FB News

What crisis' Nothing appears to affect the luxury property market

By Rashmi Kumar

The euro crisis and fears of a double-dip recession in the US and much of Europe have done nothing to upset the sentiment at the top of the global residential property market.

The world’s super rich are still buying luxury properties, or those priced $5 million (€3.62 million) or over, and are mostly paying cash to do so, according to a report released by Christie’s International Real Estate.

The top end of the property market in cities like London, Hong Kong, New York, Paris, Zurich and Beverly Hills has remained buoyant with almost 70% of Christie’s affiliates reporting an increase in activity for the first eight months of 2011 when compared with the same period in 2010.

Giles Hannah, director of sales for Europe at Christie’s, reckons scarcity of quality properties is driving up prices in central London and he’s predicting up to a 25% rise in prices of luxury properties over the next three years.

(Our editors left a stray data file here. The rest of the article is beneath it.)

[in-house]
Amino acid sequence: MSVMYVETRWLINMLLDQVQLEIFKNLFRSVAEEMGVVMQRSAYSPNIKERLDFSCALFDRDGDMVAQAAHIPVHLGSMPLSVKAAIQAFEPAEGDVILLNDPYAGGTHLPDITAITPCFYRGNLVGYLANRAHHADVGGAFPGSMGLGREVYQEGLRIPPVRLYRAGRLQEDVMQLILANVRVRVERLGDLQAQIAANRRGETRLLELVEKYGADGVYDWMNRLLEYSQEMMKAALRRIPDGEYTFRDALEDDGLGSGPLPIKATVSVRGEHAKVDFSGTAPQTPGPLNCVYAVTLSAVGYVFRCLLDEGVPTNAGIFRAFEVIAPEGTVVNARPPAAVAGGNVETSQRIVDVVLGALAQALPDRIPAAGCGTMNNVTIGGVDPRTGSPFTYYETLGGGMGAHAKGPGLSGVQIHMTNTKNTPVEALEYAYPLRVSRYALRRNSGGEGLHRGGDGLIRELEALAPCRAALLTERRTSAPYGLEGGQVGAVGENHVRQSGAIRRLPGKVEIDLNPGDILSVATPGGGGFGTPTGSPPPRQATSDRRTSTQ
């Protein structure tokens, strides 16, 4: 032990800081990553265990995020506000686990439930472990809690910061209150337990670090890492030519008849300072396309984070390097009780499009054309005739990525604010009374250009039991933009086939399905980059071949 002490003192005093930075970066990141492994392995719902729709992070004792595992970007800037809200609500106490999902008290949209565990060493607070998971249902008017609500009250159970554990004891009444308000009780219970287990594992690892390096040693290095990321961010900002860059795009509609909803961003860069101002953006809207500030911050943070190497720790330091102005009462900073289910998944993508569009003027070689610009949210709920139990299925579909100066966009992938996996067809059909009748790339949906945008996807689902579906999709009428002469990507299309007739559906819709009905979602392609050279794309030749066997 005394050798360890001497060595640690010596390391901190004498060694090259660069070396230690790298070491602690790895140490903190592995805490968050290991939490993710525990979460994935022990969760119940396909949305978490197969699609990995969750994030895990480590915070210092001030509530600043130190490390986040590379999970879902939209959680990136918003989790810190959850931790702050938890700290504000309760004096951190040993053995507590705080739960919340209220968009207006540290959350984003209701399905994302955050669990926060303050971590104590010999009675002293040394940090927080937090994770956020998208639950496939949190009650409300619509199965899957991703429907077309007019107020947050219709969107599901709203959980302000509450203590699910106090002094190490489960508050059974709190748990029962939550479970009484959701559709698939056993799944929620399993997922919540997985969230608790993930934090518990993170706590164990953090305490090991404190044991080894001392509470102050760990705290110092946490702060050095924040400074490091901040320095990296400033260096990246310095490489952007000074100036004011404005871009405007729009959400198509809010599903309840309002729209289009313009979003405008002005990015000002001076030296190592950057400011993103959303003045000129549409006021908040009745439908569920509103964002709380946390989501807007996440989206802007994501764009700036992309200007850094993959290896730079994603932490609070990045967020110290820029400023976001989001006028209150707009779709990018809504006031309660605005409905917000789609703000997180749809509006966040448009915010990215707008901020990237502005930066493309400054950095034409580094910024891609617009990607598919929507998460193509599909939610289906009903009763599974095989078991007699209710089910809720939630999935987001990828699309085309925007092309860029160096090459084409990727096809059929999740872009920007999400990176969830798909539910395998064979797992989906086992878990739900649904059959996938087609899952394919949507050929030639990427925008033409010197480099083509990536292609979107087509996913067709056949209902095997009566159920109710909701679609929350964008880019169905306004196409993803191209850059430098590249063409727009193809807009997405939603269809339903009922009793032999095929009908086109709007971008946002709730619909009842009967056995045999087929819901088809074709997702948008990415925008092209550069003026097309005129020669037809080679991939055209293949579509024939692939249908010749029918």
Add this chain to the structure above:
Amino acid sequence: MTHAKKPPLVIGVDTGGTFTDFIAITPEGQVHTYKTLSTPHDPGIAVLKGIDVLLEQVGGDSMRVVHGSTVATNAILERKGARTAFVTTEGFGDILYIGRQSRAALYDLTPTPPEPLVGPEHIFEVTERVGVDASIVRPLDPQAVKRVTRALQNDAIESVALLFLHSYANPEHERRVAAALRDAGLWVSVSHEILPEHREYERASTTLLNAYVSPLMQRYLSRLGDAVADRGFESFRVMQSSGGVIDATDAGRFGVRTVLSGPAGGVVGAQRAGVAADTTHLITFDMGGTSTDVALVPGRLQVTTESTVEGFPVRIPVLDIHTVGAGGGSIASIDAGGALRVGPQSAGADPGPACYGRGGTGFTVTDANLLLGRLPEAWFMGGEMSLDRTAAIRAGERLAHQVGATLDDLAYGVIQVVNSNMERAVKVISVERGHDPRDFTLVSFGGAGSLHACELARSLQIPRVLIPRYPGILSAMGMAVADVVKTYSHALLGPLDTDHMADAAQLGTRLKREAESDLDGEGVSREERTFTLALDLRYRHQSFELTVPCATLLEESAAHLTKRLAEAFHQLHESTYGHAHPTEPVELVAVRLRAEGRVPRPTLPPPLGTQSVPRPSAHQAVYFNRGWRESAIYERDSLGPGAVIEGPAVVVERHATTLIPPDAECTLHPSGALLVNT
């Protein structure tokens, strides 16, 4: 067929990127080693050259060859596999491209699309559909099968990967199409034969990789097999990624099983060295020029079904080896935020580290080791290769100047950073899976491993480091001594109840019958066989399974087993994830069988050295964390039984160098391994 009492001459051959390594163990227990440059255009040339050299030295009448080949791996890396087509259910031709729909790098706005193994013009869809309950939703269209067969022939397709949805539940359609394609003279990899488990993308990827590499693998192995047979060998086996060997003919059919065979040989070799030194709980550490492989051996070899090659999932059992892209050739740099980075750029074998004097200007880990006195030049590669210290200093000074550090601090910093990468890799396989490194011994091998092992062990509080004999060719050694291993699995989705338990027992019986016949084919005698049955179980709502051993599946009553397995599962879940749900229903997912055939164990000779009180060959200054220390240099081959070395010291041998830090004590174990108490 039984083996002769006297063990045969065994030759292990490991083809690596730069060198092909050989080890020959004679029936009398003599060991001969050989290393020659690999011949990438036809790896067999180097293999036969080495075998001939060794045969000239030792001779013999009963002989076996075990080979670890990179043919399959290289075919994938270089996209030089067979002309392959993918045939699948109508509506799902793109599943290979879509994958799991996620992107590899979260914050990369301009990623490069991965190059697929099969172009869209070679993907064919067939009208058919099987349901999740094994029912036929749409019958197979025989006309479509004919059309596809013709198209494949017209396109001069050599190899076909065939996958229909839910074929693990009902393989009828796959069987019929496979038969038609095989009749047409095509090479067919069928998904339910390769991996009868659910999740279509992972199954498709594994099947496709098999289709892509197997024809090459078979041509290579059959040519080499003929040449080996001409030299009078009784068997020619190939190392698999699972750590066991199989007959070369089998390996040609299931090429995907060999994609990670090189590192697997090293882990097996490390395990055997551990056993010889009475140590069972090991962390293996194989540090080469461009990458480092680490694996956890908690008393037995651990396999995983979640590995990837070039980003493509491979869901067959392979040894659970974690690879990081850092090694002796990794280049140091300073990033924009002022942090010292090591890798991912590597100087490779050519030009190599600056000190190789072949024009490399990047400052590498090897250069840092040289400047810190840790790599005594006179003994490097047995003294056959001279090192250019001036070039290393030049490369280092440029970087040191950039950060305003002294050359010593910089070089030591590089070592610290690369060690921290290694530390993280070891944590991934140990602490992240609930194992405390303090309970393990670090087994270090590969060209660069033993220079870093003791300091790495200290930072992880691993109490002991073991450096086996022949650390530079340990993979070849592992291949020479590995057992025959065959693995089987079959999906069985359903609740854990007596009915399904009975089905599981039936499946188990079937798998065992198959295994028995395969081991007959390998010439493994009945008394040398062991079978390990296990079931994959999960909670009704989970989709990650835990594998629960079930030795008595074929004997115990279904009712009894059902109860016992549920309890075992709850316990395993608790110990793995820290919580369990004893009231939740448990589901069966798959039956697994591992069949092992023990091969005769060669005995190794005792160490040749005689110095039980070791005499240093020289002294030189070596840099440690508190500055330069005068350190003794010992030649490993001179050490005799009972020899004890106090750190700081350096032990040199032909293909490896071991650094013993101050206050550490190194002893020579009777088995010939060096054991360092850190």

“We are also expecting new price records to be set, exceeding the current rate of £6,000 (€6,868) per square feet. Scarcity will drive the market forward and there will be a fight for quality property,” he said.

Shortage is also boosting growth in Paris, as strict planning regulations restrict construction of new property. “Clients are multi-millionaires and billionaires and are ready to pay the asking price as there is limited supply,” said a Paris-based property analyst.

While buyers of high-end properties in much of Europe are predominantly from Russia, China and the Middle East, the prime market in the emerging economies of South Africa and Brazil has a greater concentration of local buyers.

“The Brazilian market is not as mature as the Swiss or the US market, but there is money coming in. We don’t see many Russian oligarchs, nor have we seen any Chinese buyers, but they will come – we remain confident of that,” said Francisco de Santos, a property agent based in Brazil.

Top Stories